RN to MSN Programs in Montana

Montana’s RN to MSN programs are designed to alleviate the state’s shortage of skilled clinicians and nurse educators by providing an accelerated pathway to graduate-level education and advanced practice licensure.

A 2011 report released by the Montana University System noted that the state’s nursing shortage is expected to continue, as the number of state residents over the age of 65 is on course to rise by 122.9 percent between 2000 and 2030. All areas of the state are expected to continue struggling with the nursing shortage, with Jefferson County bearing the brunt as it is expected to see a staggering 334 percent increase in the number of residents 65 and older during this 30-year projection period. By 2025, Montana will hold the distinction of being the third most aged state in the country. This increase in the elderly population will continue to fuel the demand for Advanced Practice Registered Nurses (APRNs) who re relied on to serve as primary care providers.

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These factors contribute to the need for more highly skilled RNs in the state, and Montana’s specialized RN to MSN programs are seen as being a key component of the solution.

RN to MSN Programs in Montana

Montana’s specialized RN-MSN programs are available to generalists, as well as those aspiring to become advanced practice clinicians, educators, informaticists or administrators.

Under the rules of the Montana Board of Nursing, all nurses with MSNs must graduate from a nationally accredited program. This program should be accredited by an agency that is recognized by the Council for Higher Education Accreditation, a subsidiary of the U.S. Department of Education.

Prior to acceptance into an RN to MSN program, candidates are typically expected to fulfill these criteria:

  • Have a nursing diploma or an ADN from a nationally accredited undergraduate nursing school
  • Have a 3.0 or better GPA in all undergraduate nursing courses
  • Pass the GRE or other graduate school entrance exam
  • Hold a valid Montana RN license
  • Complete these prerequisite courses:
    • Psychology
    • Anatomy/physiology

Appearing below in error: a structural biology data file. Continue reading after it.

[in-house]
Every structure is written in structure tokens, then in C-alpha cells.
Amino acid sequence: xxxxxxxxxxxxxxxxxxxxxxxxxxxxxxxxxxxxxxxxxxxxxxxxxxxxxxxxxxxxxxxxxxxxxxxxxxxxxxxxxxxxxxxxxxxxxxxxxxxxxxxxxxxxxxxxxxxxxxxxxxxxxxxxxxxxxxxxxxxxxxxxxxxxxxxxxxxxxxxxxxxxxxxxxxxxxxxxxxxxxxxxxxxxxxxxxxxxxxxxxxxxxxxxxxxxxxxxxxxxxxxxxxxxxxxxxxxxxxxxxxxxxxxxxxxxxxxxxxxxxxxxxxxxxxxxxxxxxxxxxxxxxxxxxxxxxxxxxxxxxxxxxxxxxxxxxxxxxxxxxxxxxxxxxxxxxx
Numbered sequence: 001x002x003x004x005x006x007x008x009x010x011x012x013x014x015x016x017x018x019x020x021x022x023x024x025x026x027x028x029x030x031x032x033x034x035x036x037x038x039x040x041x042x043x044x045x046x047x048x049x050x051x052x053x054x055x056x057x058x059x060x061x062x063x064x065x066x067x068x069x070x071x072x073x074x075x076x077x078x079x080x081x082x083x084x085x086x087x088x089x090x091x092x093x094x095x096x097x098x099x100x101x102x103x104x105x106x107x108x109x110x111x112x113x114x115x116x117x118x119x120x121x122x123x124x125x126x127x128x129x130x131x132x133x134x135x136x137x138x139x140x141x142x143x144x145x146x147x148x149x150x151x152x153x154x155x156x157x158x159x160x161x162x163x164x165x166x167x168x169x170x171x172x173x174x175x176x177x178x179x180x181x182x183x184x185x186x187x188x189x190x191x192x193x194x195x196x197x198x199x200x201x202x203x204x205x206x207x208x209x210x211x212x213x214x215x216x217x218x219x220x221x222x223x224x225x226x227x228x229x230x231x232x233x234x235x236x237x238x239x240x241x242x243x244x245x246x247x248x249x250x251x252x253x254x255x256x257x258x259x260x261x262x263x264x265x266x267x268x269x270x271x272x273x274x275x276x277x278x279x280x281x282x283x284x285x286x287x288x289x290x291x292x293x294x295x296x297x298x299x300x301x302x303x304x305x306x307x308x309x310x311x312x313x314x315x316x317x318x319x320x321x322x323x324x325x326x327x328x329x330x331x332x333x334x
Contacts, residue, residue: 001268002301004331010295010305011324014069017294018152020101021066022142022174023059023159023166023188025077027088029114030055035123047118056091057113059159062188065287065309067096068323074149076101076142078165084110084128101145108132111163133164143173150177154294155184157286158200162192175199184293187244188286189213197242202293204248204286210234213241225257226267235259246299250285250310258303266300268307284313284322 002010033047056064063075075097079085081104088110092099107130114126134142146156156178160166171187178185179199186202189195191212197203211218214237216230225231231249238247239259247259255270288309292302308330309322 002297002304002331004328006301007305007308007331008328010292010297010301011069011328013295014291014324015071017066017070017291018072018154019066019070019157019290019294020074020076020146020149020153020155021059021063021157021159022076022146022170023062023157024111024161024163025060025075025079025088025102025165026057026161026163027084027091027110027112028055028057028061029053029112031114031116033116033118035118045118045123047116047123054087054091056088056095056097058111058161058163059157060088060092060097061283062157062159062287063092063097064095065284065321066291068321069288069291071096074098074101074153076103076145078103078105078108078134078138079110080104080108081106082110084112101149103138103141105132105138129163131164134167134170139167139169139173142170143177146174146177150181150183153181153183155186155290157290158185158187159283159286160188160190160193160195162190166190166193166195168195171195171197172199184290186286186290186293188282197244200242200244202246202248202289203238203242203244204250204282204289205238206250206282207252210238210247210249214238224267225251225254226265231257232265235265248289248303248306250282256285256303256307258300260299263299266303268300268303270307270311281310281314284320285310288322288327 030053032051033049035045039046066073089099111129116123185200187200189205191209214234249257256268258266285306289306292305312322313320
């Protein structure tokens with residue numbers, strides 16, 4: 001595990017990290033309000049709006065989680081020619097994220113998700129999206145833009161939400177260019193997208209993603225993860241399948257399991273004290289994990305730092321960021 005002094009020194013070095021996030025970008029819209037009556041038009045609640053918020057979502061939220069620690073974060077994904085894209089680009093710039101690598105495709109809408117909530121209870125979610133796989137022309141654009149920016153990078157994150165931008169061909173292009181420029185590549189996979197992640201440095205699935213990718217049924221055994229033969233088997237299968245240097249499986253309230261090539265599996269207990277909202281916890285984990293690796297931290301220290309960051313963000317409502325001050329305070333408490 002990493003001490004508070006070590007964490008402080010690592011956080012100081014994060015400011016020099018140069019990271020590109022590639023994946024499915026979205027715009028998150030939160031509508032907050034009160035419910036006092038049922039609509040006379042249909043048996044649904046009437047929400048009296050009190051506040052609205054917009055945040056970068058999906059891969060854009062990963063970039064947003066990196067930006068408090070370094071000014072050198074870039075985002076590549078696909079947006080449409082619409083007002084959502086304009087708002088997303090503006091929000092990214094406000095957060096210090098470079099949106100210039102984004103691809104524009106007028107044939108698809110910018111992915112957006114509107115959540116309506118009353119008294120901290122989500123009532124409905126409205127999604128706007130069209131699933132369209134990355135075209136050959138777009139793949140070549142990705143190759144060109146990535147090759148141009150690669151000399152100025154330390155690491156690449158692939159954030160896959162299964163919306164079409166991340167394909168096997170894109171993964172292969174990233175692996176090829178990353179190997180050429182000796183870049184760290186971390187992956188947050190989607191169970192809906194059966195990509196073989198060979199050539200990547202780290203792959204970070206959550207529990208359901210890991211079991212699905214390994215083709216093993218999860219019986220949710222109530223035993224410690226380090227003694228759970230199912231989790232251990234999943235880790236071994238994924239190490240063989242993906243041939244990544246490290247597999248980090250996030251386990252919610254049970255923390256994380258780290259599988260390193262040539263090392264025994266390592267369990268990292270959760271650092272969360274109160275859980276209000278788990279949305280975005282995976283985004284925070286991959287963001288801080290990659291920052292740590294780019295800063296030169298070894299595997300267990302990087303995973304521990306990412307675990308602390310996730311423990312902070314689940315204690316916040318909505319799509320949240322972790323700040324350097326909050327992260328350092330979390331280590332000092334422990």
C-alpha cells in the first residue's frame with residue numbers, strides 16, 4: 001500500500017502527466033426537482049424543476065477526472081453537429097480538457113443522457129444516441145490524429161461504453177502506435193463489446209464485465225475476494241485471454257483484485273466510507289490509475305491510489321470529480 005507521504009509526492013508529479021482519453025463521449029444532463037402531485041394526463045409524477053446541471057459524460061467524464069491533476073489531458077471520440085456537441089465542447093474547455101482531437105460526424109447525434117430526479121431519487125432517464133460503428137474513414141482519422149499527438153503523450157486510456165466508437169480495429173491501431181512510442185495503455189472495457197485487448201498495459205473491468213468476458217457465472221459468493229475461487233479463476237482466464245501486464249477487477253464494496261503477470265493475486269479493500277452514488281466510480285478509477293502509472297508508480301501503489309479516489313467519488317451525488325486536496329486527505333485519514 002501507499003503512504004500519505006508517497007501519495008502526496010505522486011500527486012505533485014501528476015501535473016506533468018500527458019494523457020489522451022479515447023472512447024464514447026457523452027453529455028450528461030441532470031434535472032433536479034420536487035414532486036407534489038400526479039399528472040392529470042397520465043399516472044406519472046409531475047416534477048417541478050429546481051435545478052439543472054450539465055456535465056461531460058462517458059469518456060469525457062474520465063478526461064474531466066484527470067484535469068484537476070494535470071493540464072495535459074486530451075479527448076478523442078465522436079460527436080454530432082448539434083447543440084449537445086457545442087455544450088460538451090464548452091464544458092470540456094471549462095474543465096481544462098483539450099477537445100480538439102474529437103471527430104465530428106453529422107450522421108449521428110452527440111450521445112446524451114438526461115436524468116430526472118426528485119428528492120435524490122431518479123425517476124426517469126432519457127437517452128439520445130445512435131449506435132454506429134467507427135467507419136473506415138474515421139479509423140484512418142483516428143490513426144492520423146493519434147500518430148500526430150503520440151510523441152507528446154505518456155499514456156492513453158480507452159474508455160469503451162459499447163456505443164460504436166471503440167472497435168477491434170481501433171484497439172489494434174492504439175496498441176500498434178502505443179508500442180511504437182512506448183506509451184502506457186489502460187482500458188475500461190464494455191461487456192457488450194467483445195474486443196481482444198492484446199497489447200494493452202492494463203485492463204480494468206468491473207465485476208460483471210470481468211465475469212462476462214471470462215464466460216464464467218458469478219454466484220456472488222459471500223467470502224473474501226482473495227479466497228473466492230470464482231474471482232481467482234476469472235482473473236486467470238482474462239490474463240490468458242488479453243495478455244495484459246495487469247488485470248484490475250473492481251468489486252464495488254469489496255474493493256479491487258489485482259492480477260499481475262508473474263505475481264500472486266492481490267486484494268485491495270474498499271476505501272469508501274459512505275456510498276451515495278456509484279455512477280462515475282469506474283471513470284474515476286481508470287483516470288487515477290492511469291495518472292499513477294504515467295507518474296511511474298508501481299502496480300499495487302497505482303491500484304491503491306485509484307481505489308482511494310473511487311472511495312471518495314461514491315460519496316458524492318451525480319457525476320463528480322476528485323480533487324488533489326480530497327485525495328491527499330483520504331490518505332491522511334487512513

• Chemistry
    • Anatomy and physiology (with lab)
    • Nutrition
    • English
    • Statistics

Structure of Montana RN to MSN Programs

Nurses entering RN to MSN programs with an ADN degree must complete certain baccalaureate-level bridge courses designed to span the gap between associate’s and graduate level education. (For students who already hold a BSN degree, these courses should already have been taken). Examples of possible bridge course requirements include:

  • Management and leadership for RNs
  • Community health nursing
  • Health assessment
  • Research and theory of nursing
  • Nursing ethics and professionalism

In an RN to MSN program in Montana, core nursing courses, regardless of intended specialized track, will likely include:

  • Advanced health assessment
  • Statistical applications
  • Evidence based practice
  • Pathophysiology
  • Pharmacology
  • Clinical practicum

Students in RN to MSN programs in Montana may choose specialized career tracks, each of which carries its own course requirements, such as:

  • Nurse Practitioner:
    • Continuity of care
    • Diagnosis and treatment
    • Disease prevention and wellness
  • Certified Nurse Midwife:
    • Antepartum care
    • High-risk perinatal nursing
    • Well woman care
  • Clinical Nurse Specialist:
    • Diagnosis
    • Therapeutic interventions
    • Health promotion and disease prevention
  • Certified Registered Nurse Anesthetist:
    • Physiology and pathophysiology of anesthesia
    • Health assessment
    • Pharmacology for nurse anesthesia practice
  • Clinical Nurse Leader:
    • Finance and budget in health care systems
    • Design of health care delivery systems
    • Pharmacology and pathophysiology for the clinical nurse leader

Clinical practicums, which under Montana Board of Nursing rules must be at least 500 hours long, are required in all RN to MSN programs. Examples of possible placement sites for these practicums in Montana include:

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  • Medical Clinic of Big Sky – Cameron
  • Great Falls Clinic Medical Center- Great Falls
  • Patrick Hospital – Missoula
  • Central Montana Community Health – Lewistown
  • Veterans Affairs Clinic – Bozeman

Seeking APRN Licensure in Montana through RN to MSN Programs

Four types of APRNs may become licensed in Montana: Clinical Nurse Specialist, Certified Registered Nurse Anesthetist, Certified Nurse Practitioner, and Certified Nurse Midwife. The process for licensure in each of these specialties is begun once a RN has graduated with an MSN degree.

Clinical Nurse Specialist (CNS)